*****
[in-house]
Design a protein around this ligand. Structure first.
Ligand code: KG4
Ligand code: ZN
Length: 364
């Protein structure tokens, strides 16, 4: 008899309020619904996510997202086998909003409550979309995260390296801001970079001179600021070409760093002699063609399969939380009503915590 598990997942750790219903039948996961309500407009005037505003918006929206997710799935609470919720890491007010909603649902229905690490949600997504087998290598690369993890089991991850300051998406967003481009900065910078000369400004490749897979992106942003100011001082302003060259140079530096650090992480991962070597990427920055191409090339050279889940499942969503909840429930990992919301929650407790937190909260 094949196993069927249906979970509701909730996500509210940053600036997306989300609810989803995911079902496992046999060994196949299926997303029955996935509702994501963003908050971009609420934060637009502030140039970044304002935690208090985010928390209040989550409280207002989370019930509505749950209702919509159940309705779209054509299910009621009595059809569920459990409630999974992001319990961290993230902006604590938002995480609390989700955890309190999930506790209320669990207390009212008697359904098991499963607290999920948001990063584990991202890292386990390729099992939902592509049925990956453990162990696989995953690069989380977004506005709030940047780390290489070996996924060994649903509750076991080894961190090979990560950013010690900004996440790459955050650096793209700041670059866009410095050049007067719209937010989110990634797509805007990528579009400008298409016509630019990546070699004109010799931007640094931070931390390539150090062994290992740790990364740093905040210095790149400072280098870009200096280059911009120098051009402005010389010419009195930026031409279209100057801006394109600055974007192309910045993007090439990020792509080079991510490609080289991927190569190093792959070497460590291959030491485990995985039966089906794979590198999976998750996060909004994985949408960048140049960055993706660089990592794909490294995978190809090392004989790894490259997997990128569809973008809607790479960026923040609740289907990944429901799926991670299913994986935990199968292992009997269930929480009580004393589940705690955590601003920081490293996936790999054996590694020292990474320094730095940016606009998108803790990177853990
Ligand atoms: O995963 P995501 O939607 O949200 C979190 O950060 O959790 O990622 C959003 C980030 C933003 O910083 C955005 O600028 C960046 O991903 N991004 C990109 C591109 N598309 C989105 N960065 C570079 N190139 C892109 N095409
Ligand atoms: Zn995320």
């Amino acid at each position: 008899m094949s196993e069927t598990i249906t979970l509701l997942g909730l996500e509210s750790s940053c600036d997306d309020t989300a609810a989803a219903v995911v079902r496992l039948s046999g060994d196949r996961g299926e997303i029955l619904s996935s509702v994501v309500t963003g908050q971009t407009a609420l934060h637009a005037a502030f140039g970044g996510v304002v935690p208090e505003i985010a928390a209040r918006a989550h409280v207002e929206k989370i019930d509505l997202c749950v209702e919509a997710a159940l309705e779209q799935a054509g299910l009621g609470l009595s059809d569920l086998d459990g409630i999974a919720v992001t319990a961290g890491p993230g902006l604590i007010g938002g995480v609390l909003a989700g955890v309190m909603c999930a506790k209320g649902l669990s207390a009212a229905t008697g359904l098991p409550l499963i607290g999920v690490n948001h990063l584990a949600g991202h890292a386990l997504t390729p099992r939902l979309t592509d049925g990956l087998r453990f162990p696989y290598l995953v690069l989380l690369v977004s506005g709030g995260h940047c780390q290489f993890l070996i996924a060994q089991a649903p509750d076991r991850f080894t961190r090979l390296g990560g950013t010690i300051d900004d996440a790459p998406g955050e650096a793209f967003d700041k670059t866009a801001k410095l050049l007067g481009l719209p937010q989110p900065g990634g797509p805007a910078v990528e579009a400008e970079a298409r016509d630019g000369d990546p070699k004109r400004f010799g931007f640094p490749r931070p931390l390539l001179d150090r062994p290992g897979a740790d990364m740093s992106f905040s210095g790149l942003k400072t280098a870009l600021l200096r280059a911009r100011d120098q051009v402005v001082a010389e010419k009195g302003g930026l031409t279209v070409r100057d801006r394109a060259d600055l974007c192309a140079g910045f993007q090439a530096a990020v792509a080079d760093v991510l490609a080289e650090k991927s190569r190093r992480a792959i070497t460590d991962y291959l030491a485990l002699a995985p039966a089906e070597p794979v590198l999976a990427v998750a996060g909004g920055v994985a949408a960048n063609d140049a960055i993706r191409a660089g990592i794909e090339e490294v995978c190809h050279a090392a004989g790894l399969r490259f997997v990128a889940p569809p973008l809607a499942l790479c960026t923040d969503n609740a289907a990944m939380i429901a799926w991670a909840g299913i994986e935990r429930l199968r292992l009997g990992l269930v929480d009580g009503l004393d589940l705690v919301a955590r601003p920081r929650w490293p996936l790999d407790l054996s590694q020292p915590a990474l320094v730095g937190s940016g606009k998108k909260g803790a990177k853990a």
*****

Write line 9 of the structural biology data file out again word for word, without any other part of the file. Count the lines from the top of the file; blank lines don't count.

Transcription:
């Amino acid at each position: 008899m094949s196993e069927t598990i249906t979970l509701l997942g909730l996500e509210s750790s940053c600036d997306d309020t989300a609810a989803a219903v995911v079902r496992l039948s046999g060994d196949r996961g299926e997303i029955l619904s996935s509702v994501v309500t963003g908050q971009t407009a609420l934060h637009a005037a502030f140039g970044g996510v304002v935690p208090e505003i985010a928390a209040r918006a989550h409280v207002e929206k989370i019930d509505l997202c749950v209702e919509a997710a159940l309705e779209q799935a054509g299910l009621g609470l009595s059809d569920l086998d459990g409630i999974a919720v992001t319990a961290g890491p993230g902006l604590i007010g938002g995480v609390l909003a989700g955890v309190m909603c999930a506790k209320g649902l669990s207390a009212a229905t008697g359904l098991p409550l499963i607290g999920v690490n948001h990063l584990a949600g991202h890292a386990l997504t390729p099992r939902l979309t592509d049925g990956l087998r453990f162990p696989y290598l995953v690069l989380l690369v977004s506005g709030g995260h940047c780390q290489f993890l070996i996924a060994q089991a649903p509750d076991r991850f080894t961190r090979l390296g990560g950013t010690i300051d900004d996440a790459p998406g955050e650096a793209f967003d700041k670059t866009a801001k410095l050049l007067g481009l719209p937010q989110p900065g990634g797509p805007a910078v990528e579009a400008e970079a298409r016509d630019g000369d990546p070699k004109r400004f010799g931007f640094p490749r931070p931390l390539l001179d150090r062994p290992g897979a740790d990364m740093s992106f905040s210095g790149l942003k400072t280098a870009l600021l200096r280059a911009r100011d120098q051009v402005v001082a010389e010419k009195g302003g930026l031409t279209v070409r100057d801006r394109a060259d600055l974007c192309a140079g910045f993007q090439a530096a990020v792509a080079d760093v991510l490609a080289e650090k991927s190569r190093r992480a792959i070497t460590d991962y291959l030491a485990l002699a995985p039966a089906e070597p794979v590198l999976a990427v998750a996060g909004g920055v994985a949408a960048n063609d140049a960055i993706r191409a660089g990592i794909e090339e490294v995978c190809h050279a090392a004989g790894l399969r490259f997997v990128a889940p569809p973008l809607a499942l790479c960026t923040d969503n609740a289907a990944m939380i429901a799926w991670a909840g299913i994986e935990r429930l199968r292992l009997g990992l269930v929480d009580g009503l004393d589940l705690v919301a955590r601003p920081r929650w490293p996936l790999d407790l054996s590694q020292p915590a990474l320094v730095g937190s940016g606009k998108k909260g803790a990177k853990a």